• @halirutan You are obviously putting some thought into this. Thanks. I hope you will post an answer with some of this reasoning. No idea about the Java thing; sorry. – Mr.Wizard Mar 20 '15 at 9:17
  • @halirutan The JavaScript is simply executed by your browser in its own frame. I doubt they will add similar support for proprietary languages like Mathematica. They are called Stack Snippets by the way. – Martin Ender Mar 29 '15 at 23:02
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    @MartinBüttner I wasn't referring to executing code or how this works for JS. I was only pointing to JS, because they have, beside the normal code block, another way of formatting code which is different from normal code blocks. The reason I was mentioning it is that markdown knows only one kind of code, inline or block, and an additional code output has to be marked differently. One of the few ways is to put a specific html-comment before the output block. – halirutan Mar 30 '15 at 9:05
  • @halirutan markdown can be customized; see for example: Add markdown support for hidden-until-you-click text (aka spoilers) – Mr.Wizard Mar 30 '15 at 13:13
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    I added an output-citing blockquotes style here. The indentation can also be mimicked with $\ $ `code` . Furthermore I tested using different left border colors (one color, two colors), but didn't like that. Of course it doesn't make a dedicated output style unnecessary, but adds an easy way to test different possibilities by modifying that style file. We really should have an ouput-citing style in addition to a text-citing style. – Karsten 7. Aug 29 '16 at 8:00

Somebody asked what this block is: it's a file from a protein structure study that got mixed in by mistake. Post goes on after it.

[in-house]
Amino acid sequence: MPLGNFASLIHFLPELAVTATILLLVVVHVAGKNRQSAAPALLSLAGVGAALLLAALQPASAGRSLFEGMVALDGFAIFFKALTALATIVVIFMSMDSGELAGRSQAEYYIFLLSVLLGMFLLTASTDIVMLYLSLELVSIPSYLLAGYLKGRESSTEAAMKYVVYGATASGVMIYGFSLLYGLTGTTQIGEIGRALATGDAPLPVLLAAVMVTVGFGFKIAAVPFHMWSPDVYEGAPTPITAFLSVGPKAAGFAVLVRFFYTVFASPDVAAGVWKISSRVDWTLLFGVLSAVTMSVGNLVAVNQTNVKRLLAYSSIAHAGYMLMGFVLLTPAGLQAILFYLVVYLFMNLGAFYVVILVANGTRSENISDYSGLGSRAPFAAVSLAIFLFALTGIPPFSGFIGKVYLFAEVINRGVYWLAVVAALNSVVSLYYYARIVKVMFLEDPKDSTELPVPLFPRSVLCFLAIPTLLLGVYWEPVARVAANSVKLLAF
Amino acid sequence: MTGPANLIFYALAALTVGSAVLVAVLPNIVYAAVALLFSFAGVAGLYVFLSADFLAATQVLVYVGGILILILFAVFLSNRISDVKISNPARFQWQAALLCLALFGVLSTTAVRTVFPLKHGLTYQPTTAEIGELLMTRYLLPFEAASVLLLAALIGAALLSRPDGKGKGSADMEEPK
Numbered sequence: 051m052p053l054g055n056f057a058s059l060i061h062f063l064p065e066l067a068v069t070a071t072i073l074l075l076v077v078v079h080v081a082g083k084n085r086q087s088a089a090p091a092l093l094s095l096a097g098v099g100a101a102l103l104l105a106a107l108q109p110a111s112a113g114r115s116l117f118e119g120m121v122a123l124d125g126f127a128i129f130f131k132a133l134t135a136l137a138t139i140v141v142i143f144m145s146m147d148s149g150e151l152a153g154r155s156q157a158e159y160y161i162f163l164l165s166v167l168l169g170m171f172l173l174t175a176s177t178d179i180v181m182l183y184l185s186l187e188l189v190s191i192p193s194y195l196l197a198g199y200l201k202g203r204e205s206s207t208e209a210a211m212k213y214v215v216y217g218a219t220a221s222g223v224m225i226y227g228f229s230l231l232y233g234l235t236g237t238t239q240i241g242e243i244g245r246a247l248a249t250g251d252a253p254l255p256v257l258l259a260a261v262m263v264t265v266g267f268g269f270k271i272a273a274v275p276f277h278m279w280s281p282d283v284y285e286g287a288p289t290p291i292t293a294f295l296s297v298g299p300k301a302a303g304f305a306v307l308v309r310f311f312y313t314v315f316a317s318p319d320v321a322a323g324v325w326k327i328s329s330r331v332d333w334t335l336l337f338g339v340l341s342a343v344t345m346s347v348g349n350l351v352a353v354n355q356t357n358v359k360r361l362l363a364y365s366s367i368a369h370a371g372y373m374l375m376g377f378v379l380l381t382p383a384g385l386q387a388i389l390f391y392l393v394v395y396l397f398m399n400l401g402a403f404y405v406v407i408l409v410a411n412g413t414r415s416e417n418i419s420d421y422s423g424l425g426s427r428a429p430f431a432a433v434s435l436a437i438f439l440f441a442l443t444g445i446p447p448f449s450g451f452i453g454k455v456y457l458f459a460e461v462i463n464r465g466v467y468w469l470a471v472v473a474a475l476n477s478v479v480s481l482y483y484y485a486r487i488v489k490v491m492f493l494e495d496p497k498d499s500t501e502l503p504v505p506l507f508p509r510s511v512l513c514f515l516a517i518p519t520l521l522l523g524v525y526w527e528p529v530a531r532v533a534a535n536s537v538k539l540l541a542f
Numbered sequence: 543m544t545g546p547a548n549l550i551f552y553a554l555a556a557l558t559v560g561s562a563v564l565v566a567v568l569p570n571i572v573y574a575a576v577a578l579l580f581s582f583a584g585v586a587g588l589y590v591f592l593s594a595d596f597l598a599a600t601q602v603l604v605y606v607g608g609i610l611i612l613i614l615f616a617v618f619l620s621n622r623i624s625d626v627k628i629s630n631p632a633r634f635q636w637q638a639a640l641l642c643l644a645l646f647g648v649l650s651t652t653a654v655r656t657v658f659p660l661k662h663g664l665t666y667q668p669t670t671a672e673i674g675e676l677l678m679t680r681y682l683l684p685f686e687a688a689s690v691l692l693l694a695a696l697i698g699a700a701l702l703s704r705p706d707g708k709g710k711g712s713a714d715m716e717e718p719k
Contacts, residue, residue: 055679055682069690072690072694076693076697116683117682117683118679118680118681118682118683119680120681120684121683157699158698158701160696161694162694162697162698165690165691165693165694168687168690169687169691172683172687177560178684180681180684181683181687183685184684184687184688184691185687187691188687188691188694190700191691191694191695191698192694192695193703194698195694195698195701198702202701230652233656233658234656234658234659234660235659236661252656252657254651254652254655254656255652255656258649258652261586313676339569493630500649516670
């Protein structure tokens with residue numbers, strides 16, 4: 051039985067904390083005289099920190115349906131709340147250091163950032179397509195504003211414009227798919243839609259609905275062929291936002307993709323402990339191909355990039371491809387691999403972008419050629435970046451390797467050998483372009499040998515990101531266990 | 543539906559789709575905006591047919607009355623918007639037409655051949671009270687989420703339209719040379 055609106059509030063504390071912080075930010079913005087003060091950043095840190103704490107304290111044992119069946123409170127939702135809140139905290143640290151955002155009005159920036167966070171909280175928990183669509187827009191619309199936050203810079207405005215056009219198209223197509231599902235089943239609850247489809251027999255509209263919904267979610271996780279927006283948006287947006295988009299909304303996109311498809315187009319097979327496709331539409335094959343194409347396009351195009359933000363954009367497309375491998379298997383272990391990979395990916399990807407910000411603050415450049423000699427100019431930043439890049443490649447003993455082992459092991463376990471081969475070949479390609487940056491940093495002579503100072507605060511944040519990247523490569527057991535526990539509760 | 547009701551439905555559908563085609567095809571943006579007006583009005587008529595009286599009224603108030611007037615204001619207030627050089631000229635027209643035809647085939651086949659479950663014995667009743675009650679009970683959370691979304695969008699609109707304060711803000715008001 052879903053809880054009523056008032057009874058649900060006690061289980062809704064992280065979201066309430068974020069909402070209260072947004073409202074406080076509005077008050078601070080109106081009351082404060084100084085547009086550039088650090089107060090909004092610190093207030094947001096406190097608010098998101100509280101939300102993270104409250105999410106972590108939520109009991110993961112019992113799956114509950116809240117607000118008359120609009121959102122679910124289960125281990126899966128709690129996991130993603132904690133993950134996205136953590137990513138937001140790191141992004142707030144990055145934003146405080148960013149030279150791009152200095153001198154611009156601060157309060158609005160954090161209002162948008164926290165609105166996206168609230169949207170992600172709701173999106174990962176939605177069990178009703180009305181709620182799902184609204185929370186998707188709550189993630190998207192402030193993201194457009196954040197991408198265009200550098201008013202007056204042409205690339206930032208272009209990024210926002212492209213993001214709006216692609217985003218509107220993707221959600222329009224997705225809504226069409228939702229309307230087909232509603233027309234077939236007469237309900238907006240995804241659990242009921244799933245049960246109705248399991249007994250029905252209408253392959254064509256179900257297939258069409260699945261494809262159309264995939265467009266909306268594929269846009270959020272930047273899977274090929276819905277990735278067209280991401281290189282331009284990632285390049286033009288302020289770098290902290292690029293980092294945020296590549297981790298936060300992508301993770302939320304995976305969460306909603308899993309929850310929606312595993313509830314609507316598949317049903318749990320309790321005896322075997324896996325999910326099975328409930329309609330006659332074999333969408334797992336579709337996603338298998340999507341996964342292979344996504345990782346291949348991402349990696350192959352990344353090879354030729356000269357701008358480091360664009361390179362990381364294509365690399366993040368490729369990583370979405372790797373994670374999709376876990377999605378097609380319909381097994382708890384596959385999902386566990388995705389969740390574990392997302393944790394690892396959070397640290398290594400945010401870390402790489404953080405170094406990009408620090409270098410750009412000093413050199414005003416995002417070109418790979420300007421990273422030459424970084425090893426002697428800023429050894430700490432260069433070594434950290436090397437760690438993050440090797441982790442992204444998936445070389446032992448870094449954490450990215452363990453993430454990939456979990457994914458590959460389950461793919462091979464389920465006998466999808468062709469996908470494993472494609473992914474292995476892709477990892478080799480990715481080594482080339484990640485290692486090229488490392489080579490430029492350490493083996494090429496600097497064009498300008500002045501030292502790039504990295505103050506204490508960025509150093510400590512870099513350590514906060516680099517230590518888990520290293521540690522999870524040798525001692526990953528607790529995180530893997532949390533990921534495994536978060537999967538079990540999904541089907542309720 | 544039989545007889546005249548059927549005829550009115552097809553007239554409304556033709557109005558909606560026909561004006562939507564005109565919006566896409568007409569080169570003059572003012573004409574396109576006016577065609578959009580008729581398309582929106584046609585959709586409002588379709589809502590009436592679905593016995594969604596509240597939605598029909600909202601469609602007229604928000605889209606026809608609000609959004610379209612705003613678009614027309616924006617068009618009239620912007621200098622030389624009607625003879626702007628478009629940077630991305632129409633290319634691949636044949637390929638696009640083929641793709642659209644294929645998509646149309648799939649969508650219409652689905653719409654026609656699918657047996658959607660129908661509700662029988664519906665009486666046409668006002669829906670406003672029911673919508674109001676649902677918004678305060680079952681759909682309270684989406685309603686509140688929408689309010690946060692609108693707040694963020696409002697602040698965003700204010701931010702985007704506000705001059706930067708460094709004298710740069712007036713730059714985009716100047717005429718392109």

• A combination of both styles looks like this. – Karsten 7. Aug 29 '16 at 8:16
4

A distinctive color scheme is definitely necessary (especially with the recent tendency towards low-contrast...).

At least on the main site the approach of putting code output inside quotes is more distinctive than here on meta:

  • Here's a quote

    containing some code
    

Can anyone actually see that change in gray level??

  • 1
    Yes, I see it.. but my eye has a resolution of 2^16 distinct grey-levels. But honestly, I do see a very slight difference, which is completely useless of course if you just look very quickly at it. – halirutan Mar 20 '15 at 5:38